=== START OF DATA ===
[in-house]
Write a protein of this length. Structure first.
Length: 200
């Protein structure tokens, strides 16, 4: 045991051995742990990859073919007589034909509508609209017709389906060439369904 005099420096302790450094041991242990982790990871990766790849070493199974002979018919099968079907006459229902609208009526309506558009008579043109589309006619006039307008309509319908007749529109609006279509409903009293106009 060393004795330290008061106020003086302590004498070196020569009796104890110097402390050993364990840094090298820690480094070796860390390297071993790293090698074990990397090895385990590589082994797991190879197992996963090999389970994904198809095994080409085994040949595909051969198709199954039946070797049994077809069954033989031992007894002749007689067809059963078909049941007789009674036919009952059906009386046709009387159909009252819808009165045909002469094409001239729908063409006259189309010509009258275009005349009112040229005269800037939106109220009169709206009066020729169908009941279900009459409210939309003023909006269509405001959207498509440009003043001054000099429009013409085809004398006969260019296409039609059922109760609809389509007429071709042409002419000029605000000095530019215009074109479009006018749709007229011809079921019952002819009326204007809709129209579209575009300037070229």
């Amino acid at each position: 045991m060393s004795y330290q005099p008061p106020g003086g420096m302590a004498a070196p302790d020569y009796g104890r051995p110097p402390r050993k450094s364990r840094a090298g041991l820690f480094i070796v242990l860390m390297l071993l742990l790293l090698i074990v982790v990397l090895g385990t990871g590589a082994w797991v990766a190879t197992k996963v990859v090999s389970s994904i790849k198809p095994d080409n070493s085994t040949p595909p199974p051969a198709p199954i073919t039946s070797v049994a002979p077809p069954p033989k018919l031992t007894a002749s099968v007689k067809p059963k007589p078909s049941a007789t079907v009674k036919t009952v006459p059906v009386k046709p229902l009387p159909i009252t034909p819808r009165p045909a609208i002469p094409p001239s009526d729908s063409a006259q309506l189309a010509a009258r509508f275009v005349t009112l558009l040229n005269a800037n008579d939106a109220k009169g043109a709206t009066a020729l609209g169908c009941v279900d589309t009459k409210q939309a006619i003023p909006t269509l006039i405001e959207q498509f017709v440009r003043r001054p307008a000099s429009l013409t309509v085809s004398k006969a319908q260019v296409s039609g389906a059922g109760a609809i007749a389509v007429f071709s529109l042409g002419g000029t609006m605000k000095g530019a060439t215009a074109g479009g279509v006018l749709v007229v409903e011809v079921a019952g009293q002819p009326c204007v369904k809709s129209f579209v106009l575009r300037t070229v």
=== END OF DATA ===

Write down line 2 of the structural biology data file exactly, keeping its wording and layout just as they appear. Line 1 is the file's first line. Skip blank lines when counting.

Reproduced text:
Write a protein of this length. Structure first.